“Chaos or community?”

Last week, I made a statement that ruffled some feathers. I said I wasn’t ready to pray for peace. After the white terrorist attack on the US Capitol, I am not ready to pray for reconciliation. I got some feedback, and I thought I would spend some time talking today about why I am not ready to talk about unity, I am not ready to talk about reconciliation.

I said last week, I am praying for conversion. I want to explain a bit more about what I mean.


Let me start with the story from Exodus. Moses finds himself on holy ground, in front of the burning bush. When Moses hear’s God’s call, he isn’t sure. “Who am I to go to pharaoh?” Who am I? Remember, Moses doesn’t have a clean record. Moses is on the run. He’s settled in his father-in-law’s house, because he’s on the run from the law. He killed an Egyptian slave-master. Moses imagines he is last person God would want. He’s a criminal. It’s a risk.

But God says, “get going. I’m sending you.”

Moses needs to change his mind about his eligibility, about his suitability. Moses needs to, quite literally, give his life to God. God is asking for a conversion. I was struck this week that God did not send Moses to work for peace. God did not send Moses to work for reconciliation. God sent Moses to work for liberation.

Dr. King’s question

After the passing of the Civil Rights act in 1964 and the Voter’s Rights Act of 1965. Dr. King went down to Jamaica, to spend some time in reflection. His life had been arduous, on the road, in jail, worried about the threats against his life and family. After these landmark wins he took some time to contemplate what came next. After the laws were passed there were still riots in Watts, California and worker strikes up in Detroit, Michigan. Dr King took some down time in Jamaica to think and to pray. And he wrote his fourth and final book: “Where do we go from here: Chaos or Community”

The Rev. Dr. Howard-John Wesley, of Alfred Street Baptist Church in the Washington, DC area says we are still asking that question today: “Where do we go from here: chaos or community?”

Dr. King’s question is still alive. Dr. King’s book strikes me as a bit like a moment later in the book of Exodus: Moses’ journey beyond pharaoh. After he accepted the call, after the frogs, and the locusts, and the passover, after the plagues, after the Pharaoh let the people go, after Pharaoh changed his mind and pursued them, after God parted the Red Sea for the people Israel and then drowned pharaoh armies, after all that struggle, they’re still not home. Dr. King found himself paying with Moses, even after the big fight was over, knowing that the journey was just beginning. You still have to choose, are you going to wander around in the desert, or make your way to the promised land.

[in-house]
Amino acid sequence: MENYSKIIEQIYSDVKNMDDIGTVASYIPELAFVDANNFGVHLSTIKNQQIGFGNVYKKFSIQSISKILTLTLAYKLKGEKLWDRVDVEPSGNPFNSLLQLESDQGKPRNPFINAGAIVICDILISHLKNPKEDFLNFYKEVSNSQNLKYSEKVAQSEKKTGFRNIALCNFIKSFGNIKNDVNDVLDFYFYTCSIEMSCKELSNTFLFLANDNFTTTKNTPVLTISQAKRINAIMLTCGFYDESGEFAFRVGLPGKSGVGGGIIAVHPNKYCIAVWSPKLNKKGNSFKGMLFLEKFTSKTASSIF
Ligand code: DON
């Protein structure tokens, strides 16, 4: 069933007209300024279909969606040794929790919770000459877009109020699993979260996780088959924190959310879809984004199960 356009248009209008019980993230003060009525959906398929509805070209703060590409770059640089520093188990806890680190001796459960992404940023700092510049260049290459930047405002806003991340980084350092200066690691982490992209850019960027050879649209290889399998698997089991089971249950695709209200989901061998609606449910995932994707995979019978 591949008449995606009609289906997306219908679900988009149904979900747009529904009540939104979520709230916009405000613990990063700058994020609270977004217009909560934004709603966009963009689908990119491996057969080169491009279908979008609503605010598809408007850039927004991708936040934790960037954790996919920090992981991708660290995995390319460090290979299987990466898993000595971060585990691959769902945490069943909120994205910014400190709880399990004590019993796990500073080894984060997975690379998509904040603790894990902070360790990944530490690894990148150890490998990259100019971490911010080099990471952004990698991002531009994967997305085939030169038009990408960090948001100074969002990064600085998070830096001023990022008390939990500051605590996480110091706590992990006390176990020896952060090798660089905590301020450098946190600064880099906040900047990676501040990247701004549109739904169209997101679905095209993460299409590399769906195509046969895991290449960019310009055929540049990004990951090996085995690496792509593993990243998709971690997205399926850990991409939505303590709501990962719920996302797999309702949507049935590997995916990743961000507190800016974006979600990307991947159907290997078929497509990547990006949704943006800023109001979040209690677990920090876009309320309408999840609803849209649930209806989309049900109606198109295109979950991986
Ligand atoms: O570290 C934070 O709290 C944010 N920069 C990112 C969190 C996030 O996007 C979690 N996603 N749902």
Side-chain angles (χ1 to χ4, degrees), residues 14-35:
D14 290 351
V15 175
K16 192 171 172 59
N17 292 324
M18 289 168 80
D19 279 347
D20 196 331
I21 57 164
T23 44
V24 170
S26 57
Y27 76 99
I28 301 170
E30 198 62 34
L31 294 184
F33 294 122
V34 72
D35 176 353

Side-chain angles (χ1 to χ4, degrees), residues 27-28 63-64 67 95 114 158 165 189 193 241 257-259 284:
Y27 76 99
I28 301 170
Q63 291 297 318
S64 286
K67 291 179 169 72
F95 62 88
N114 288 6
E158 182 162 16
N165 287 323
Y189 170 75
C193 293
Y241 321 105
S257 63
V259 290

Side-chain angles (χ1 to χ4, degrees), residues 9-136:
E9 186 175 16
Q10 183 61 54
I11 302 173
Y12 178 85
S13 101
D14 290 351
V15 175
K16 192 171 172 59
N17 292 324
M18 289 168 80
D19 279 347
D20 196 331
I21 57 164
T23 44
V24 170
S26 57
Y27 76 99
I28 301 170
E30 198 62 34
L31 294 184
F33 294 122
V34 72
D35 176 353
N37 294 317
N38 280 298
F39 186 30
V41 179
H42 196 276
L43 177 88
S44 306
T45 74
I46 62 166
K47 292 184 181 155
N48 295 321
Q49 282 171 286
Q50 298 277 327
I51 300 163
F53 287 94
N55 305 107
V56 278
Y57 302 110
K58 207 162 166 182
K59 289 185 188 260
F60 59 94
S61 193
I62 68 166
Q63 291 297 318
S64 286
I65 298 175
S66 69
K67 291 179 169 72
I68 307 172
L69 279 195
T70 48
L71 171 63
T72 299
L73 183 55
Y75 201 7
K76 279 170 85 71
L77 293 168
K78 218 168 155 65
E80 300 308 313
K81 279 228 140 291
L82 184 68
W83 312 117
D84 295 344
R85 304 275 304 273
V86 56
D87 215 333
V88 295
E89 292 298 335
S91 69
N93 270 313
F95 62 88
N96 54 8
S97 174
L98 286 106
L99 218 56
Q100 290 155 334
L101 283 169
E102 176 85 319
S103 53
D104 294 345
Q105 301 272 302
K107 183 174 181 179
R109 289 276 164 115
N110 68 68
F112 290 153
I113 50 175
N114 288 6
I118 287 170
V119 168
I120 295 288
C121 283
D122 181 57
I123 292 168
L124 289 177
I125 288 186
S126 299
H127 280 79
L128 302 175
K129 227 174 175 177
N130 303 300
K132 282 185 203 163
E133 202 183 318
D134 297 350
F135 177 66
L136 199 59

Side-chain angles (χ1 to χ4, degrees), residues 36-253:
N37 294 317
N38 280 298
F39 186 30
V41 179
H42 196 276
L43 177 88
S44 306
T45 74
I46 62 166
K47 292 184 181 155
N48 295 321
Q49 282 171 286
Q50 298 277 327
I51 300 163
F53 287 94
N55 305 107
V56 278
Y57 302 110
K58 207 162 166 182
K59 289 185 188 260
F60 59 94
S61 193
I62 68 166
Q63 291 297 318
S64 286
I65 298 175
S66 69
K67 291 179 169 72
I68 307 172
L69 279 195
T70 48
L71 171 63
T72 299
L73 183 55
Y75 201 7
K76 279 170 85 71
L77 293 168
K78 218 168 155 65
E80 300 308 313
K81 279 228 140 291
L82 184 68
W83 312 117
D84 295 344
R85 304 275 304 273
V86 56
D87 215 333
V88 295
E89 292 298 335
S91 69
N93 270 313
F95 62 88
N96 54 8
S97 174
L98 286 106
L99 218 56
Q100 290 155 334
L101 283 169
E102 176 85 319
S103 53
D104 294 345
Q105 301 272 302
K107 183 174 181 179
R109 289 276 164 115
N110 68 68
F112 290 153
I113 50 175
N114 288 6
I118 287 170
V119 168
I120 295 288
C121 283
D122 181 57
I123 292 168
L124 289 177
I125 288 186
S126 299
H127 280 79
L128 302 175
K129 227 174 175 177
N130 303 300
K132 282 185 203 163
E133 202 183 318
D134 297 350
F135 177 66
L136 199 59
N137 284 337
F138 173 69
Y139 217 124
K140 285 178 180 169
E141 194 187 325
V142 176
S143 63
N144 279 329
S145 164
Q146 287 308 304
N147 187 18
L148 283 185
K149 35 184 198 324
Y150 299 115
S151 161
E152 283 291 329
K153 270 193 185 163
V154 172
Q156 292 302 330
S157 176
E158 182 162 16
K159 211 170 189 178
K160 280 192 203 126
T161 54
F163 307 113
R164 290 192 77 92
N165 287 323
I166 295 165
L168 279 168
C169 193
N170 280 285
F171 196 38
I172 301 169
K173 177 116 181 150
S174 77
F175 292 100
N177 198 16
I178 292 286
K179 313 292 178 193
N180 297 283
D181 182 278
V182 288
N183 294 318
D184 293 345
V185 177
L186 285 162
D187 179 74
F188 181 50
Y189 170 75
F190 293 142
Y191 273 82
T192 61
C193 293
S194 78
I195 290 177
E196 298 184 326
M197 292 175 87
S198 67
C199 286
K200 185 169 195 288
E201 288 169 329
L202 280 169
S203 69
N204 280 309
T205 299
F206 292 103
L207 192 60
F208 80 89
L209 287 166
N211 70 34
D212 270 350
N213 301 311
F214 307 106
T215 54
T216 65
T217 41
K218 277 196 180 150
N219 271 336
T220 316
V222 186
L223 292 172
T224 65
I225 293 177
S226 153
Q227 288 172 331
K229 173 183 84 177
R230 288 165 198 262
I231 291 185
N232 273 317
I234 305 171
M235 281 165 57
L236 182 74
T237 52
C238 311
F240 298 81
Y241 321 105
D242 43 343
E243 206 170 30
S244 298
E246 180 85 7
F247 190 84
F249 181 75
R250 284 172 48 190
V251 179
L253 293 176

Is this who we are? Is this who we want to be?

There has been a great deal of debate in our nation over the last week and a half. Some folks said, in the wake of the attack, “this is not who we are.” This is not who we are. Other folks, including a number of my friends who are involved with the Black Lives Matter movement said, no, “this is EXACTLY who we are.” The attack on the capitol is yet one more symptom of a social disease.

We could debate the meaning and merits of the arguments until we are blue in the face. A professor of mine from college asked a question that cut through it all for me this week. He said, whether you said “this is not who we are,” or “this is exactly who we are” matters less than your answer to this question: “Is this who we want to be?” Is this who we want to be?

That question asks us to choose a direction, to make a turn. Is this who we want to be? That is a question that invites conversion. We are deciding where we go from here.

God’s promise: True Religion

In Exodus, God makes two promises to Moses. The first is pretty critical. God tells Moses, “I will be with you.” When you work for justice. When you work to set people free. God will be with you.

The reading finishes with a second promise, a crucial promise. God promises Moses, when the people are set free, after you bring them out of Egypt, you will come back here and worship God on this mountain.

Sometimes people ask me, what makes church different than a social justice organization? Why spend time with religion, when you could do just as much, maybe more good, if you got involved in politics or volunteering.

I might point to this verse of Exodus in the future. Because for God, freedom has a direction. Real freedom, real liberation, comes when you are free to worship the one true God. In order to move toward Justice, you have to know where your loyalties lie. You have to be willing to examine your conscience, your belief. You have to be willing to give your life to the Ultimate power behind it all.

I told you last week, I am praying for conversion before I can pray for reconciliation, before I can pray for unity, before I can pray for peace. I believe our country is in desperate need of conversion.